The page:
Venditalia 2015 – a showcase of the future for vending machines?

By Janaina Topley Lira, May 06, 2015, 15:49 4 minute reading

When it comes to the vending machine sector, the market for CO2 machines is still in its infancy, with only a handful of manufacturers offering R744 versions, including SandenVendo, Sielaff and Crane Merchandising. With R404A and R134a banned by the new EU F-Gas Regulation in vending machines in 2020 and 2022 respectively, exhibitors at VendItalia, held from 3-6 May in Milan, Italy, whilst in no rush to switch to natural refrigerants, planned to invest in CO2.

Organised alongside the TuttoFood trade fair, VendItalia 2015, one of the largest international vending exhibitions, offered R744.com journalists a unique opportunity to find out what direction the sector is taking. Whilst the market share of natural refrigerants remains small, many exhibitors reported that they are investigating alternatives to R134 and R404A or planned to introduce CO2 units - hydrocarbons are not seen as a realistic option for spiral vending machines according to most exhibitors. Since RAC equipment placed on the market containing f-gases will need to be labelled as from the 1st January 2017, this could be the turning point for natural refrigerants in the vending machines sector.
 
SandenVendo leads the way with CO2 vending machines
 
SandenVendo, which has been supplying R744 cooling units since the 2004 Olympic games, had a number of models on show, all available in CO2 versions. The company’s newest innovation is the G-Snack / G-Drink a modular system that overcomes the problem of single block units being too large to fit through standard doors. The two-part unit has a mechanical part that can be separated from the control unit, which reduces the main cabinet by 20cm.
 
Although CO2 vending machines remain a niche market for SandenVendo, thanks to Coke’s promotion of CO2, this is expected to change in the near future. 
 
Germany is one of our biggest growth markets for CO2 vending machines, where we are receiving requests for environmentally friendly solutions,” said Yoshito Takeuchi. “Those operators that want to distinguish themselves or stay ahead of the regulations are also making enquiries about CO2.”
 
The CO2 machines are currently more expensive, but they allow SandenVendo to differentiate themselves in the market. 
 
A vending machine is a five-year, sometimes up to a ten-year investment. Operators have to get used to new technology, but for CO2 vending machines to take off will depend on how much we can reduce the cost,” explained Takeuchi.
 
According to Takeuchi CO2 vending machines are suitable for all world climates, with installations even in the Middle East.
 
Others investigating alternative refrigerants
 
Although not displaying the CO2 prototype first on show at VendItalia 2014, Marco Baron from vending machine manufacturer FAS, a company in operation since 1967, said they are ready for the transition to natural refrigerants. Baron said that due to the lower production volumes compared to white goods, the adoption of natural refrigerants such as CO2 would not be as swift as in other sectors. “We are not in the position to dictate the market but change will come before 2020,” said Baron.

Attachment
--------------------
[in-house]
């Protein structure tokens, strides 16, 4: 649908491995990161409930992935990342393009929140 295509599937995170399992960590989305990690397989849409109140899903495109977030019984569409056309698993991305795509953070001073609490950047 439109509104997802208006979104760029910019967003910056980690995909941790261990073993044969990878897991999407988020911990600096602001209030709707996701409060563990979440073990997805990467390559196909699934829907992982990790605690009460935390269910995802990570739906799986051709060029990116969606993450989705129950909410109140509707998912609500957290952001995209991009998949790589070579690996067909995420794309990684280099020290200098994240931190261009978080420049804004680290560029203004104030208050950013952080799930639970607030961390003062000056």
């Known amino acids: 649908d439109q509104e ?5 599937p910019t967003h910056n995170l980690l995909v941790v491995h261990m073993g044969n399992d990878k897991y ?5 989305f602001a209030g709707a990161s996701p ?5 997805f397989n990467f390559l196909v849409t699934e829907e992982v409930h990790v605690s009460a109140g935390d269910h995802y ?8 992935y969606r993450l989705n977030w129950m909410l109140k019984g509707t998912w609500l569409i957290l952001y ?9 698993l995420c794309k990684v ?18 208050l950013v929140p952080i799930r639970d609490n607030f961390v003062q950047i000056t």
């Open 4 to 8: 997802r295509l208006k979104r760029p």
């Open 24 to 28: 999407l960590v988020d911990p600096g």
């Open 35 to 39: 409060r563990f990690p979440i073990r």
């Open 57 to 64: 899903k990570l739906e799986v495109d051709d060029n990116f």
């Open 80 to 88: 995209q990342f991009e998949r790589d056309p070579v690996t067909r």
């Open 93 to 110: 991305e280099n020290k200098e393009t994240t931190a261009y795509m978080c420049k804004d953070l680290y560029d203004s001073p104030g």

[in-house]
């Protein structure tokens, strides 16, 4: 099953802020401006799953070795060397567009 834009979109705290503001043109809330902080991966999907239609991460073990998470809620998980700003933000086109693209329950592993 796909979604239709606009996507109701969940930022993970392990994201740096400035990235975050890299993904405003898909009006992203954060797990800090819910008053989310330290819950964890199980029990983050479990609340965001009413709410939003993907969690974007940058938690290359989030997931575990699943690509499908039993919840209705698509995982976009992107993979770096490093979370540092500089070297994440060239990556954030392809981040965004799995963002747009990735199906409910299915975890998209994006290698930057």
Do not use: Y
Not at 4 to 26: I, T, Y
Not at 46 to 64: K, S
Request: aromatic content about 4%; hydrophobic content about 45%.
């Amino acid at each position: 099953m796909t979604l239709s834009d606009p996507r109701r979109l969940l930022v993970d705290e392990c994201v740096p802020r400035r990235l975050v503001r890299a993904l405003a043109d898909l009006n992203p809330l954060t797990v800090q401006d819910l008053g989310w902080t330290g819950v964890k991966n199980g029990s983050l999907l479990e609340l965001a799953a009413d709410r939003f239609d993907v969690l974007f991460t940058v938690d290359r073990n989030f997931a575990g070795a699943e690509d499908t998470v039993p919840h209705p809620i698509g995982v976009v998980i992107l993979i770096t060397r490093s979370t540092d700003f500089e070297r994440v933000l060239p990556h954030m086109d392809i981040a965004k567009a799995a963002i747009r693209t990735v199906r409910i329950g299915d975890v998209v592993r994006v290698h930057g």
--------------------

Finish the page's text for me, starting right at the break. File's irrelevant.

The vending sector has always been very proactive. When R12 was going to be banned we had already made the switch to R22. When R22 was to be banned we made the switch to R134a, but the problem now is that there is no simple substitution. We do not believe that R1234yf or R1234ze are substitutes. The only real alternative is CO2.”
 
However, the lack of components such as CO2 compressors is currently a barrier to market development. For now Sanden is one of the only manufactures of small enough CO2 compressors suitable for vending machines.
 
Other exhibitors such as N&W, Iarp (an Epta brand) and Bianchi Vending did not yet have plans to launch CO2 models, although Nicola Belotti, Necta H&C Product Manager at N&W said that the company would soon begin looking at alternatives in order to comply with the F-Gas Regulation. 
 
Apart from SandenVendo, the only other manufacturers of CO2 vending machines mentioned at VendItalia are Crane Merchandising in the US and Sielaff in Germany.
 
EVA Expand project at VendItalia highlights need to transition to naturals
 
The European Vending Association (EVA) exhibited their project to develop a new low capacity expansion valve, which it is hoped will replace the capillary and enable the vending sector to transition to CO2 by providing a new cost effective and energy efficient component. The booth aimed to bring visibility of the initiative to the industry, explaining to participants the practical benefits that the device could bring to their vending companies.
 
Italy is strongest European market for vending machines
 
In Europe markets such as Italy, the UK, Germany, France and Spain are the largest and the most important in volume for vending machines. Italy alone has over 20 vending machines manufacturers, and companies like FAS reported that one in four of their machines is sold in Italy.
 
Calorie labelling in the U.S.
 
Outside the EU, another trend impacting the vending machine sector is the requirement in the U.S. to display calorie information on the machines, a consequence of the healthcare overhaul commonly known as ‘Obamacare’.
As such there were several exhibitors showcasing innovative touch screen technology able to display the nutritional value of the snacks and drinks on sale. SandenVendo’s G-Snack Touch was on such example.

 

 

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By Janaina Topley Lira

May 06, 2015, 15:49




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